"It's tough, but at this point the goal is to just get through the year healthy and get to 2015 and just be as healthy as I can," said Springer, who would have pushed for American League Rookie of the Year honors if he had stayed healthy.
Astros interim manager Tom Lawless said general manager Jeff Luhnow and the team trainers sat down with Springer on Monday to map out his future, and the decision was made with Springer's blessing.
"We felt the best thing for the organization is that George doesn't play anymore the rest of the year," Lawless said. "In reality, it would have to be a rehab stint when you play him and get an at-bat here and at-bat there. Will eight, nine at-bats make a difference as opposed to the other alternative when he goes out there and tweaks it again, and now we're set back again?
"We're going to shut him down and he's going to take batting practice and rehab when the season's over, and he's going to leave here healthy. And when he comes to Spring Training, he's going to be ready to go."
Springer's competitive nature made it that much more difficult for him to miss so much time.
"It's brutal," Springer said. "The goal is to play, and it's tough for me to sit here every day and to know that I can't play."
Springer, the Astros' Minor League Most Valuable Player a year ago, made his much-anticipated Major League debut in April and appeared in 78 games, hitting .231 with 20 homers and 51 RBIs and showing the flash and potential that has the Astros believing he'll be a cornerstone player for years to come.
The 24-year-old was named the American League Rookie of the Month for May, hitting .294 (30-for-102) with four doubles, one triple, 10 homers, 25 RBIs, 22 runs scored and 13 walks in 26 games to claim his first monthly award. He was the first Astros player to win Rookie of the Month honors since Hunter Pence in May 2007, when the club was still competing in the National League.
"It's been a great experience so far, and [I] obviously have a lot more to learn and obviously think I could have done better overall," he said. "In my 300 at-bats, I've learned and I've grown and I go off of that into 2015."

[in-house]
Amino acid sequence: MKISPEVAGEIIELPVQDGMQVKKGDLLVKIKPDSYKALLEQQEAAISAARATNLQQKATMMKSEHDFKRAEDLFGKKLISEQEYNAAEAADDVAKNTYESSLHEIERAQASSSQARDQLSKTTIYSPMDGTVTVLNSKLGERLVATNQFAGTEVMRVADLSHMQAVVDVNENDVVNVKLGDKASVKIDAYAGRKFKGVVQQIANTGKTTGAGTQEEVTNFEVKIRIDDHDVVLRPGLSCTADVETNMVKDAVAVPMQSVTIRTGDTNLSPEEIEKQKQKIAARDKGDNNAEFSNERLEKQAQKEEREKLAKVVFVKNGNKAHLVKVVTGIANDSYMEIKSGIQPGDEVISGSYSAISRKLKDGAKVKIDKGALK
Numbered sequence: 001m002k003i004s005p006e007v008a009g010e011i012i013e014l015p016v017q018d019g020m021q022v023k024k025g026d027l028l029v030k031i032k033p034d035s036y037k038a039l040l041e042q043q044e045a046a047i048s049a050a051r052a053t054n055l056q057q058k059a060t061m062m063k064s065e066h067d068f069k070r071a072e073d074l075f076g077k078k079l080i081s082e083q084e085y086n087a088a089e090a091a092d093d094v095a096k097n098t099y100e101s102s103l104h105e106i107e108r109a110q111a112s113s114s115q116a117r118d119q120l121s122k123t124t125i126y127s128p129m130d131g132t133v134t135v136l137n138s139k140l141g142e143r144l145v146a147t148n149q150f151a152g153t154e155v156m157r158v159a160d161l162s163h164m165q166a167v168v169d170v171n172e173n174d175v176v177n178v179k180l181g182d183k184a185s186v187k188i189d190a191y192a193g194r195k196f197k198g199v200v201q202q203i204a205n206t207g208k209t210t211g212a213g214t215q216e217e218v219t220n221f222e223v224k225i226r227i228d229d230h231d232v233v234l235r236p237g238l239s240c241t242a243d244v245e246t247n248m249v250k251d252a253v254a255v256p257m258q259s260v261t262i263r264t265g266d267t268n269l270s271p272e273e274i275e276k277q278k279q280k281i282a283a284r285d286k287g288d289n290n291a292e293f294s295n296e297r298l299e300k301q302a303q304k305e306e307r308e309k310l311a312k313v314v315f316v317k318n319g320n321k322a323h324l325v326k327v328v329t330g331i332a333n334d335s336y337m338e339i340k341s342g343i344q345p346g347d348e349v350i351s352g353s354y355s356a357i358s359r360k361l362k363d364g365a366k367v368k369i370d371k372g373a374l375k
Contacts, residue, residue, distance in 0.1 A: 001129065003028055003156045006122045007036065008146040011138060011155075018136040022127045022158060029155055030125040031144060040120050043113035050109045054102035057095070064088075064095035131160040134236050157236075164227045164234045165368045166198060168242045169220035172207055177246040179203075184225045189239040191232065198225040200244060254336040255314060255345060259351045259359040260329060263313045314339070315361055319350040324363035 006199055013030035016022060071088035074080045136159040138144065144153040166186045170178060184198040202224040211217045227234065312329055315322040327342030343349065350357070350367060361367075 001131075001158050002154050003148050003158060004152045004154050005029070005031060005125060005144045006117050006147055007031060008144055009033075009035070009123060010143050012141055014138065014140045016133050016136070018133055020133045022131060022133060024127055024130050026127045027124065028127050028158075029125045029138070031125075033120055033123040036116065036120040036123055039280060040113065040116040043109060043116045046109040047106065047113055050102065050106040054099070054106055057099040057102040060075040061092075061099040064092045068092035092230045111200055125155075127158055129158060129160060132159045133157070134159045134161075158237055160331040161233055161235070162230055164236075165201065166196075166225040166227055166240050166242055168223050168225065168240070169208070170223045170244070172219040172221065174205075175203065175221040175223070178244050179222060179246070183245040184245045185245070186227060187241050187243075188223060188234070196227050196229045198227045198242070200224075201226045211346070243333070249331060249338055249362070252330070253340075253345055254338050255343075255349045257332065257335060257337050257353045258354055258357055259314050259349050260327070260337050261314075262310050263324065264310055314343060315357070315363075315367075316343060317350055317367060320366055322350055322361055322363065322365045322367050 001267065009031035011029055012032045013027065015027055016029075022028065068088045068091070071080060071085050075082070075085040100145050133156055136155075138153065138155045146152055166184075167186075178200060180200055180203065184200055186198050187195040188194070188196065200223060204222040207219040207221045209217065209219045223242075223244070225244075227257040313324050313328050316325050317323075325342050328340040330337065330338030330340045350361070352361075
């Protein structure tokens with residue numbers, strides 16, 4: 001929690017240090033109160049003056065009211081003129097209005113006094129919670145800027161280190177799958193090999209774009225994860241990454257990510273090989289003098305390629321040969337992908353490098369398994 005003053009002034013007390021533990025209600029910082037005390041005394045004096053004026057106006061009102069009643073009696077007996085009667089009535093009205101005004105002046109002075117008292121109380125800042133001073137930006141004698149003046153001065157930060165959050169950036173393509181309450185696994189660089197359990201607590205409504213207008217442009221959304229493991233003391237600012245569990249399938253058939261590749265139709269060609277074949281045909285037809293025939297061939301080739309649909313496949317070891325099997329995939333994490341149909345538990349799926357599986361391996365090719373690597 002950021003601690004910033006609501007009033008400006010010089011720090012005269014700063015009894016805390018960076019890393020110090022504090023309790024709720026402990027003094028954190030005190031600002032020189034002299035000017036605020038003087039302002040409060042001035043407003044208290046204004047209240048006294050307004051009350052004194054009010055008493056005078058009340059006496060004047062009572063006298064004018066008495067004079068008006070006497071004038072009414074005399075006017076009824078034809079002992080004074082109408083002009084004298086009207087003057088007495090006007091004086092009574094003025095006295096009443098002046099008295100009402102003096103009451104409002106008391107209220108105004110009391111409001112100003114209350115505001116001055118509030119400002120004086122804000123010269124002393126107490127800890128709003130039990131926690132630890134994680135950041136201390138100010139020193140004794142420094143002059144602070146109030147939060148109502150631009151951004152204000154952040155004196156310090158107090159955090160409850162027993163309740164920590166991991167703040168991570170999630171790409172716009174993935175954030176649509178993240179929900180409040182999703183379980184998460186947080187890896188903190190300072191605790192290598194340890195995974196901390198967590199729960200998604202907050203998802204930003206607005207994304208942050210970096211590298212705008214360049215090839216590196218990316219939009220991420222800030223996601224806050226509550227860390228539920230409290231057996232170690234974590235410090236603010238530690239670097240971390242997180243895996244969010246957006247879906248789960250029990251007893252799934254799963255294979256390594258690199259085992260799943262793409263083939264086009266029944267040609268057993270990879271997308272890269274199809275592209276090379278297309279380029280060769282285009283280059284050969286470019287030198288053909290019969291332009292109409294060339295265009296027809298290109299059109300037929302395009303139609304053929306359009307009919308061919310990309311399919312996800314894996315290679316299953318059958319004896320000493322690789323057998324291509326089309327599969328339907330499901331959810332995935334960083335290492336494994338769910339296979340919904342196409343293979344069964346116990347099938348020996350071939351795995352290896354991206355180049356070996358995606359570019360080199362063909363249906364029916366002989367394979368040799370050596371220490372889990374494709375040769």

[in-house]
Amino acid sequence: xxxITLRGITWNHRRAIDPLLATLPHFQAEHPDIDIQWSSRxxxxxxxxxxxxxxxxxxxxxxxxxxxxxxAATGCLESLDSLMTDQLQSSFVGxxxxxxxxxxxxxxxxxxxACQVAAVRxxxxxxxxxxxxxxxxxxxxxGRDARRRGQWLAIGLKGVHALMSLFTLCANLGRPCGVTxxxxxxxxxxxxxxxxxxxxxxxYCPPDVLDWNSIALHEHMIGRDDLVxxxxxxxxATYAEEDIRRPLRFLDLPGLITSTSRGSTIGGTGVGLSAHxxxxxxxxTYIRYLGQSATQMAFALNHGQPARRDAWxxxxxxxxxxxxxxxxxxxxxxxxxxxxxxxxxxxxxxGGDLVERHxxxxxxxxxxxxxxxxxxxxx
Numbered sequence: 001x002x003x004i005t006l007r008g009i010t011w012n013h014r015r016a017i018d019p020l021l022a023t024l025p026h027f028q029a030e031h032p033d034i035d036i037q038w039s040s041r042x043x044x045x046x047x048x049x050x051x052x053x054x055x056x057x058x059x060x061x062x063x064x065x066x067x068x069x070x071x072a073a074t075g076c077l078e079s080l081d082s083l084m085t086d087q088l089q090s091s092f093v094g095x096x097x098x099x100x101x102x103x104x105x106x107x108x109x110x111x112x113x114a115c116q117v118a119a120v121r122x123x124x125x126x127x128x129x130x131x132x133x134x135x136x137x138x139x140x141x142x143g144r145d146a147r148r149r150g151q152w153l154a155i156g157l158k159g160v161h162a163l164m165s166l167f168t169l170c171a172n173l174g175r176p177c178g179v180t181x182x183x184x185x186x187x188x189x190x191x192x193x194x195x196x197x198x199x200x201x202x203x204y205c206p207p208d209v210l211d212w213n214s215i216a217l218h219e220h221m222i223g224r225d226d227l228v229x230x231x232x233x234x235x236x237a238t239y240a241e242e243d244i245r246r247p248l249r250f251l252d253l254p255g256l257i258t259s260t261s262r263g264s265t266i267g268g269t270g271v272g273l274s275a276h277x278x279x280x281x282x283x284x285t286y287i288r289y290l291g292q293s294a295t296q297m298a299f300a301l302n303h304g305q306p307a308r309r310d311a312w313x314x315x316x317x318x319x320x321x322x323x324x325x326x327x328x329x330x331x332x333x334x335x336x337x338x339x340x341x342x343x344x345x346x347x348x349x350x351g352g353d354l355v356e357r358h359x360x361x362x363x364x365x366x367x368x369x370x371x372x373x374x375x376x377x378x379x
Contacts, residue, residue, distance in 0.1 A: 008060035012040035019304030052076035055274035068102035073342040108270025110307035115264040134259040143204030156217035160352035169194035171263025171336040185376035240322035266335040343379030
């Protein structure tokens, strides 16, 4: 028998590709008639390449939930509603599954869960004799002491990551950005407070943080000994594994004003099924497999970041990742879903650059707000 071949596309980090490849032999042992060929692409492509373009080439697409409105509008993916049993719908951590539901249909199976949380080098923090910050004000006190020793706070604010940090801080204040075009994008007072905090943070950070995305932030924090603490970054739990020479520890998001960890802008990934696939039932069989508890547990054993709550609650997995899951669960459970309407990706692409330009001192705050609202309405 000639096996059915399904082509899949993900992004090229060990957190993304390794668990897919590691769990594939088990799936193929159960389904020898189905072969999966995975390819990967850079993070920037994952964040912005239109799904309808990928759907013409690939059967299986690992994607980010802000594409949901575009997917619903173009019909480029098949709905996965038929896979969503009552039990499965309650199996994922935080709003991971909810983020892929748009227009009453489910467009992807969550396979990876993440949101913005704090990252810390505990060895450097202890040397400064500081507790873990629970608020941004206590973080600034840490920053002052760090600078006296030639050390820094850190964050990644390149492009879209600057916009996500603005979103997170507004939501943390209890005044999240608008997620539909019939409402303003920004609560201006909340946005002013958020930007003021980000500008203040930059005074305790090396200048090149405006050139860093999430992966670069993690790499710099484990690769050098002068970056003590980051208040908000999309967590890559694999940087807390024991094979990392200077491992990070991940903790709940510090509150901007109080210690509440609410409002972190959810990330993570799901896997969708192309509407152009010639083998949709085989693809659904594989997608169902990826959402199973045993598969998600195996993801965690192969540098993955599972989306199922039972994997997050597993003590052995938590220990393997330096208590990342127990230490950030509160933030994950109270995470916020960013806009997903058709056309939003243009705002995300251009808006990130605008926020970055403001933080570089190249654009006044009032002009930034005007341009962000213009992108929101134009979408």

Springer has been working out with the club for the past month in an effort to get healthy, but the team wasn't going to take any chances if he wasn't 100 percent.
"He wanted to play, and really we left the decision a lot up to him and what is the best for George Springer," Lawless said. "We're looking at it as an organization in the long run, and the importance of eight or 10 at-bats in the big picture doesn't make any sense taking that chance. That's what he decided, and everyone was on board with that."
Springer said the bigger picture is more important.
"The goal is for me to play 162 games, and for me it's tough," he said. "Being a player and a competitor, I want to play, but at the same time you have to protect yourself and sometimes you have to do things you don't want to do."
Taken by the Astros with the No. 11 overall pick in the 2011 First-Year Player Draft out of the University of Connecticut, Springer shot quickly through the Minor Leagues and last year combined to hit 37 homers and steal 45 bases combined between Double-A Corpus Christi and Triple-A Oklahoma City.